2016 Water Quality Report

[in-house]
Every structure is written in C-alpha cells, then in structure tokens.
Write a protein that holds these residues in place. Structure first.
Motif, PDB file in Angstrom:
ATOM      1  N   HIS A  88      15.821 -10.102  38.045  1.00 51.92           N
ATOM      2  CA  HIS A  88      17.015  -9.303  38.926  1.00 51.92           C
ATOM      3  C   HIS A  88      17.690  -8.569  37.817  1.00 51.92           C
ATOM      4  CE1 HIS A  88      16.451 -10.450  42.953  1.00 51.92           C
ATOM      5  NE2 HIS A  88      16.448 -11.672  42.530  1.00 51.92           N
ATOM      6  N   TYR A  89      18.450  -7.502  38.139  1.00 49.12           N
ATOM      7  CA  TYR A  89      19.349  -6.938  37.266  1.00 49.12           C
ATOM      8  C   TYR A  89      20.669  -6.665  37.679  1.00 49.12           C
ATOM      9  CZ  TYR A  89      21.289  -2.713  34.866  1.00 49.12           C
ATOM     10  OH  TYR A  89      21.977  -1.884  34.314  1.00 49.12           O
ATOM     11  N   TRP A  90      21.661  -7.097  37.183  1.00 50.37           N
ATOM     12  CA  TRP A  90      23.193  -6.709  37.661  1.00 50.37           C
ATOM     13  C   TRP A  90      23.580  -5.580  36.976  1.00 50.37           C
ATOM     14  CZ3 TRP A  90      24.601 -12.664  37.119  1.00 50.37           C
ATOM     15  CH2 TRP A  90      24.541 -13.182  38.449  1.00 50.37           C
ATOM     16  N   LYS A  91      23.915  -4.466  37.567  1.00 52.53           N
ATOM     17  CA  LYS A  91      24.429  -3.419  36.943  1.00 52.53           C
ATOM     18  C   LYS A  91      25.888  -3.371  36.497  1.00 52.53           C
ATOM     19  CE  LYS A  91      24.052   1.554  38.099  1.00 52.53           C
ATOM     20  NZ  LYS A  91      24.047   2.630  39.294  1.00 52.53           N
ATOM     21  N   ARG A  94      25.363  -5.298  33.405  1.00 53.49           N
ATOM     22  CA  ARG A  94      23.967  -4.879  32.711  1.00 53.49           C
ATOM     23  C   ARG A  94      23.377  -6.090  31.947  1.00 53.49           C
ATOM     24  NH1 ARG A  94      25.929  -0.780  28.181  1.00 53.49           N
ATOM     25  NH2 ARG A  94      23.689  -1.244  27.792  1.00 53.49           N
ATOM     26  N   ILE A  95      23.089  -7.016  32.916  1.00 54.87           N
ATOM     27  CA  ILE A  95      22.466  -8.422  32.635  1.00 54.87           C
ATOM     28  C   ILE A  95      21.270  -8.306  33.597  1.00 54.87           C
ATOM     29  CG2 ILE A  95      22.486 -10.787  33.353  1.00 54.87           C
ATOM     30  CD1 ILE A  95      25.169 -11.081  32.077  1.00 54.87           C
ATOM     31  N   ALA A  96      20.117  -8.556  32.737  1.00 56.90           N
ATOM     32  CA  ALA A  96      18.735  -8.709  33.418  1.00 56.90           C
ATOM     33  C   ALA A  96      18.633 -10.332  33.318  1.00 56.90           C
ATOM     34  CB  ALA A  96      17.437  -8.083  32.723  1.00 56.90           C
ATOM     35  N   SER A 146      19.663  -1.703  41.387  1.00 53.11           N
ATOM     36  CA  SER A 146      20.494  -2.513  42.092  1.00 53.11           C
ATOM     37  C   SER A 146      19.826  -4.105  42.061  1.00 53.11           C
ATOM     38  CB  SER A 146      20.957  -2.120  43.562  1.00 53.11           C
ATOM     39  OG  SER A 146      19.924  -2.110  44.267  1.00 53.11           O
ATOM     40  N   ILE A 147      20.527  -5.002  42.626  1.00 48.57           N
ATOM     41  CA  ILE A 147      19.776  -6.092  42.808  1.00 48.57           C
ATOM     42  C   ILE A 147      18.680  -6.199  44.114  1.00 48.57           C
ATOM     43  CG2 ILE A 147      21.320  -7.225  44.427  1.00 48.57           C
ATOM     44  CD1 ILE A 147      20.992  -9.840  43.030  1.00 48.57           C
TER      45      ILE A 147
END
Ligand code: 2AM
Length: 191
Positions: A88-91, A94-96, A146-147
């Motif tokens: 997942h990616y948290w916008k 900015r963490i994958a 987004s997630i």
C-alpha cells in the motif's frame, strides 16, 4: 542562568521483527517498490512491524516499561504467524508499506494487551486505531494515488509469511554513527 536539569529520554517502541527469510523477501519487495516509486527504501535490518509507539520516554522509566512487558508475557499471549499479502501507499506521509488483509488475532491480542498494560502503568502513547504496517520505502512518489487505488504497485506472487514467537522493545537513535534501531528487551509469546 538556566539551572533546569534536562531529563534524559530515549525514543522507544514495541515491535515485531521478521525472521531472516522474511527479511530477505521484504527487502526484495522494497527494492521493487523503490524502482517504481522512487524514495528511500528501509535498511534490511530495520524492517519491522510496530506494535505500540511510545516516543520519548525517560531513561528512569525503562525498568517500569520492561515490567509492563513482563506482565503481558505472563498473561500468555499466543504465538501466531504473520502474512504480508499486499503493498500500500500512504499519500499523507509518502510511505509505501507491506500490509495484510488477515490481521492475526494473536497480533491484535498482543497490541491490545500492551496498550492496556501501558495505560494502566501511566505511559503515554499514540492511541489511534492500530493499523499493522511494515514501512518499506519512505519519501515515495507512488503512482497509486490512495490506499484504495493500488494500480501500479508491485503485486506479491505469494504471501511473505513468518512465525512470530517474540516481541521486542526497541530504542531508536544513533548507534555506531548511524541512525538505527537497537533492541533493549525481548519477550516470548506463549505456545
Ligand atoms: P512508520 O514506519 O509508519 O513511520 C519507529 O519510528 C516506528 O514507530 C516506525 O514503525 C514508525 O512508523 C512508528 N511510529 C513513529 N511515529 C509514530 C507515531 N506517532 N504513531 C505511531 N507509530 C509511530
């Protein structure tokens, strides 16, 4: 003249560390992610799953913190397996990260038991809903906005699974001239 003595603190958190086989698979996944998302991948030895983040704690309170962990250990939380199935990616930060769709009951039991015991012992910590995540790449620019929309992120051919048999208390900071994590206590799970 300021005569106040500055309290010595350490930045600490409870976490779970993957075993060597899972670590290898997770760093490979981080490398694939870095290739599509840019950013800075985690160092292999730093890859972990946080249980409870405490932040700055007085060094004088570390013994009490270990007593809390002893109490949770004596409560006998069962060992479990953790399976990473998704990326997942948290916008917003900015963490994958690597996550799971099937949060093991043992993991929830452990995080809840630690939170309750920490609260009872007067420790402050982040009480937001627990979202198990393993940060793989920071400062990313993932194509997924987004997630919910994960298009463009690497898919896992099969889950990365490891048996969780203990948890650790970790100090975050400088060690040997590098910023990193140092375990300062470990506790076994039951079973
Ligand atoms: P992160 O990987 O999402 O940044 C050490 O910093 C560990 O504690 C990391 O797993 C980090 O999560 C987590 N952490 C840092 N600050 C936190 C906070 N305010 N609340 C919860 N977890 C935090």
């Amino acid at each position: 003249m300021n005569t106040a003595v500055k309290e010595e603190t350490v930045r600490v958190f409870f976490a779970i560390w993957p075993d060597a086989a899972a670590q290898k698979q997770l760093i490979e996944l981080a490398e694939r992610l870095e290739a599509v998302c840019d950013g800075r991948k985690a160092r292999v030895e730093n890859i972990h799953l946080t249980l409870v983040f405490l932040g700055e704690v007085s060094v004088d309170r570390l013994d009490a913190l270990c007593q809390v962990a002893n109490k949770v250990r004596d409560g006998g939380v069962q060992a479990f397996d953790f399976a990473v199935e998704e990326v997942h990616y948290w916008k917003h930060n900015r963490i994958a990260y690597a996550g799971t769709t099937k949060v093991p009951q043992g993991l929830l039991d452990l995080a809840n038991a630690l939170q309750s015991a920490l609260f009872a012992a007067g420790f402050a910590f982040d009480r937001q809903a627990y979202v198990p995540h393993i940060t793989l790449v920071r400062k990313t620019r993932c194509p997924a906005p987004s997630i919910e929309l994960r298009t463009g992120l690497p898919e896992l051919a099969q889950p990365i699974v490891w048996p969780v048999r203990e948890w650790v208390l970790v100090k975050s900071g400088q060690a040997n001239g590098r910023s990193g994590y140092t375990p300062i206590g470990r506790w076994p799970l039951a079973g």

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Questions ? If you have questions or concerns relating to your drinking water or water service, please contact a citizen advocate at (919) 469-4090. For more information about this report, please contact Rachel Monschein, Chemist/Laboratory Supervisor, at the Cary/Apex Water Treatment Facility at (919) 362-5507 or Where Does Our Water Come From? T he Town of Cary's drinking water source is the B. Everett Jordan Reservoir, more commonly known as Jordan Lake, which lies approximately 10 miles west of Cary in eastern Chatham County. The lake is a surface water supply developed and managed by the US Army Corps of Engineers and is part of the Cape Fear River basin. Additionally, the Town maintains water system interconnections with the City of Raleigh, Town of Holly Springs, and City of Durham, which can be used in event of emergency to ensure adequate water supply for Town customers. Community Water Fluoridation T he safety and benefits of fluoride are well documented. For more than 70 years, U.S. citizens have benefited from drinking water containing fluoride, leading to better dental health. Drinking fluoridated water keeps the teeth strong and has reduced tooth decay by approximately 25% in children and adults. Over the past several decades, there have been major improvements in oral health. Still, tooth decay remains one of the most common chronic diseases of childhood. Community water fluoridation has been identified as the most cost-effective method of delivering fluoride to all members of the community, regardless of age, educational attainment, or income level. Nearly all water contains some fluoride, but usually not enough to help prevent tooth decay or cavities. Public water systems can add the right amount of fluoride to the local drinking water to prevent tooth decay. Community water fluoridation is recommended by nearly all public health, medical, and dental organizations in the United States. Because of its contribution to the dramatic decline in tooth decay, the Centers for Disease Control and Prevention (CDC) named community water fluoridation one of the greatest public health achievements of the 20th century. (Courtesy of CDC: Cross-Connection Control Program C ross-connections that can potentially contaminate drinking water distribution lines are a major concern. A cross-connection is formed at any point where a drinking water line connects to industrial equipment (such as boilers), systems containing chemicals (such as air conditioning systems, fire sprinkler systems, and irrigation systems), or water sources of questionable quality. Cross-connection contamination can occur when the pressure in the equipment or system is greater than the pressure inside the drinking water line causing backpressure. Contamination can also occur when the pressure in the drinking water line drops due to occurrences such as water main breaks or heavy water demand, potentially causing contaminants to backflow from the equipment and into the drinking water system. Community water supplies are potentially jeopardized by cross-connections unless appropriate valves, known as backflow prevention devices, are installed and properly maintained. We have surveyed all industrial, commercial, institutional, and irrigation facilities in the Town's service area to make sure that potential cross-connections are identified and eliminated or protected by a backflow preventer. We also require annual inspection and testing of each backflow preventer to make sure that it is providing maximum protection. These annual inspections are also required for all residential irrigation systems. For more information on our Cross-Connection Control Program, visit the Town's website or call a citizen advocate at (919) 469-4090.

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